All of Centre Wellington now eligible for community improvement grants

ELORA – All of Centre Wellington – downtowns, areas within the urban boundary, and rural areas – is now considered part of the township’s Community Improvement Plan (CIP) area and is therefore eligible for CIP grants.

That was one of many updates to the CIP adopted by council on Nov. 27.

A CIP offers financial incentives to private property owners to rehabilitate, reuse, and redevelop their property in ways that benefit the township overall.

Early in the review process, council was clear the grants should not just apply to properties in downtown areas.

As well, several key policy issues have emerged since the original CIP policy in 2015, including the need to increase rental housing supply, to promote economic growth and diversification, to support value-added agri-businesses, and to encourage environmentally sustainable building improvements and developments.

Luciano Piccioni, president of RCI Consulting, contracted by the township to update the CIP, said his firm is also working on updating the county’s Invest Well program, so there are synergies between the two programs.

Piccioni has carved the township into nine subgroups as determined by the township and county official plans. They include:

  • the central business districts (CBDs) of Fergus and Elora-Salem;
  • highway commercial;
  • industrial;
  • mixed use;
  • residential;
  • residential transition;
  • prime agricultural;
  • rural employment area; and
  • hamlet area.

There are seven possible CIP programs the township might fund. 

Grants could be given to cover the cost of studies, façade and property improvements, building improvement grants, rental housing grants, rental housing development charges deferrals, tax increment equivalent grants (TIEG) and brownfields tax assistance program (TAP).

Each program has a cap on grants, ranging from $10,000 to $15,000 depending on the program.

Updated program

Highlights of the updated program include: a former loan program has been converted to a grant program; the TIEG now lasts for five years to align with the county’s program; there’s a new rental housing grant; and the brownfield program now offers three years of tax abatement.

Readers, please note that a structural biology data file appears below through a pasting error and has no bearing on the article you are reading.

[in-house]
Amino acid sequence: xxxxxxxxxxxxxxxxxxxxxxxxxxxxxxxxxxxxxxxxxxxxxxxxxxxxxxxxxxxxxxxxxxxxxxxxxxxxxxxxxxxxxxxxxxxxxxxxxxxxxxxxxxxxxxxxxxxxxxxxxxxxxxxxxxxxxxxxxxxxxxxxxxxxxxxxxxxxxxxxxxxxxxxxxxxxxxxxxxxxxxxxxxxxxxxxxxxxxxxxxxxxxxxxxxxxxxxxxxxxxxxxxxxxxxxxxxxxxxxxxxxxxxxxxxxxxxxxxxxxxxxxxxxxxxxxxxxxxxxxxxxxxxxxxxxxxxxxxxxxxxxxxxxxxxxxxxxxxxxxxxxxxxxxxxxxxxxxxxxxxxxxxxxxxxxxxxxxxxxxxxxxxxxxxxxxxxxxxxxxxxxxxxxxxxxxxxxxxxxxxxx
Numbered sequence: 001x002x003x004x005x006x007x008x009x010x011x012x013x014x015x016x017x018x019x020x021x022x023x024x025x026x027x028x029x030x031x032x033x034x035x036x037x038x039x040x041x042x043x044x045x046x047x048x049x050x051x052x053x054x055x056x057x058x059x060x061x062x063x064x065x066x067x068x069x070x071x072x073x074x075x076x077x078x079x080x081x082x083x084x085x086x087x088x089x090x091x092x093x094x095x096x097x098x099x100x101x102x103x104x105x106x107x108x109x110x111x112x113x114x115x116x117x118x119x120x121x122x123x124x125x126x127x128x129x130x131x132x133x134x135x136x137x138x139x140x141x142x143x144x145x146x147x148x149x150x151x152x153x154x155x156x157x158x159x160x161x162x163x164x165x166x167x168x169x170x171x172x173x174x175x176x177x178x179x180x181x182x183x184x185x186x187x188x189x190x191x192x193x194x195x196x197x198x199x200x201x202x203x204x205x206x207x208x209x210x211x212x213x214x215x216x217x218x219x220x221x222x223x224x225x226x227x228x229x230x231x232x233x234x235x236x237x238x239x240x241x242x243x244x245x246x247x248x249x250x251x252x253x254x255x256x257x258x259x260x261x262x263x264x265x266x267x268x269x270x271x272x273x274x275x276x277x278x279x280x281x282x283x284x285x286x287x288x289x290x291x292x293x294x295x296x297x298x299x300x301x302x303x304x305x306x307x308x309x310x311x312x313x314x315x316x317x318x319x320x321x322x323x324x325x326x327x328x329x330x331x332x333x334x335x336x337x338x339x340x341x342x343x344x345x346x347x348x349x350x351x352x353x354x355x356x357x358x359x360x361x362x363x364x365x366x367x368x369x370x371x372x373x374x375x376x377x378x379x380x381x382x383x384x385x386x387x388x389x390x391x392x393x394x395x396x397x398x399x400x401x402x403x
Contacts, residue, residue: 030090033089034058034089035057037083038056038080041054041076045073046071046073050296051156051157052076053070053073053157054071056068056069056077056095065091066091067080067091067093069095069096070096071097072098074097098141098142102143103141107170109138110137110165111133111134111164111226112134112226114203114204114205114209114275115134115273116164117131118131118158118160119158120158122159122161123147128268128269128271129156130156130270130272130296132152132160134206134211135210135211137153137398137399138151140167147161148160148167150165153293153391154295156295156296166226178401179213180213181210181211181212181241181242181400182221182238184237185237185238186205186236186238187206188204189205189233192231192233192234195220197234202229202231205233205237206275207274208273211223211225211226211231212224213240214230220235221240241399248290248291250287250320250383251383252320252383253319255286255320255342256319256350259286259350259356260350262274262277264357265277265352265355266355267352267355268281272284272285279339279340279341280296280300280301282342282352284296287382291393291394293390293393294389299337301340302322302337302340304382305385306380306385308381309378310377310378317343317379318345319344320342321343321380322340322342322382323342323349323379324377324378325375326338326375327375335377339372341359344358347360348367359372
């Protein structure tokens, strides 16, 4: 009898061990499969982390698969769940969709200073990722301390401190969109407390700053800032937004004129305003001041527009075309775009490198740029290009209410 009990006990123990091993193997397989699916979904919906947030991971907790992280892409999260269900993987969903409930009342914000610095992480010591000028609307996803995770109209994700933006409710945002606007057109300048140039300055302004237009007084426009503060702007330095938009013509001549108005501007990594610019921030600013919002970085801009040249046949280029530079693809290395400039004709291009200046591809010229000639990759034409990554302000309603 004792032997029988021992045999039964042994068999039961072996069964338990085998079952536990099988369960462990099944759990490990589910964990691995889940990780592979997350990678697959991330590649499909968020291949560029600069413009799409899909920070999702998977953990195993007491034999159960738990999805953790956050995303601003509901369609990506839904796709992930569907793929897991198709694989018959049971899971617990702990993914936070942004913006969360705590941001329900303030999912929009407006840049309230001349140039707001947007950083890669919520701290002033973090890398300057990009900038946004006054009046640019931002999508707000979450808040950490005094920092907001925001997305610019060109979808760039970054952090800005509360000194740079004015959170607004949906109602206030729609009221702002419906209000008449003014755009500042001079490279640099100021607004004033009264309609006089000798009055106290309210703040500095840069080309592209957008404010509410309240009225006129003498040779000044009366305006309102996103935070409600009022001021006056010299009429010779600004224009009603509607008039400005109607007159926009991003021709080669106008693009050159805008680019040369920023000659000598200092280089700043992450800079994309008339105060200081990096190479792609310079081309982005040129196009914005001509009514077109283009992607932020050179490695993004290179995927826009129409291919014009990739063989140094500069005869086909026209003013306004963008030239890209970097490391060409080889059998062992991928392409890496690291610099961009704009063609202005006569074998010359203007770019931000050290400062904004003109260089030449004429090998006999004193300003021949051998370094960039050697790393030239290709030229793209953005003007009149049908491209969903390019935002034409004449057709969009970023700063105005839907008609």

“This is very much an enabling plan,” Piccioni said, noting council can offer all, some or none of the programs.

“And council can change the (financial amounts) at any time.”

The CIP grant program is administered by the township’s economic development office. Council also delegated authority to a team of senior staffers, who will assess and approve applications.

The amounts allocated to the programs will be determined annually during the budget process.

“The adoption of the updated CIP is a requirement for making incentive programs available,” states the report by economic development coordinator Sally Litchfield.

“The program details themselves are an implementation matter.

“Following adoption of the CIP, it will be up to the township to create an implementation plan for the CIP.

“The township may choose not to make all of the programs available at any given time, subject to the availability of township funds and other resources.”

Council had no issues with the plan and unanimously approved the updated program.

Details of what may be included in each program can be found in council’s Nov. 27 agenda package.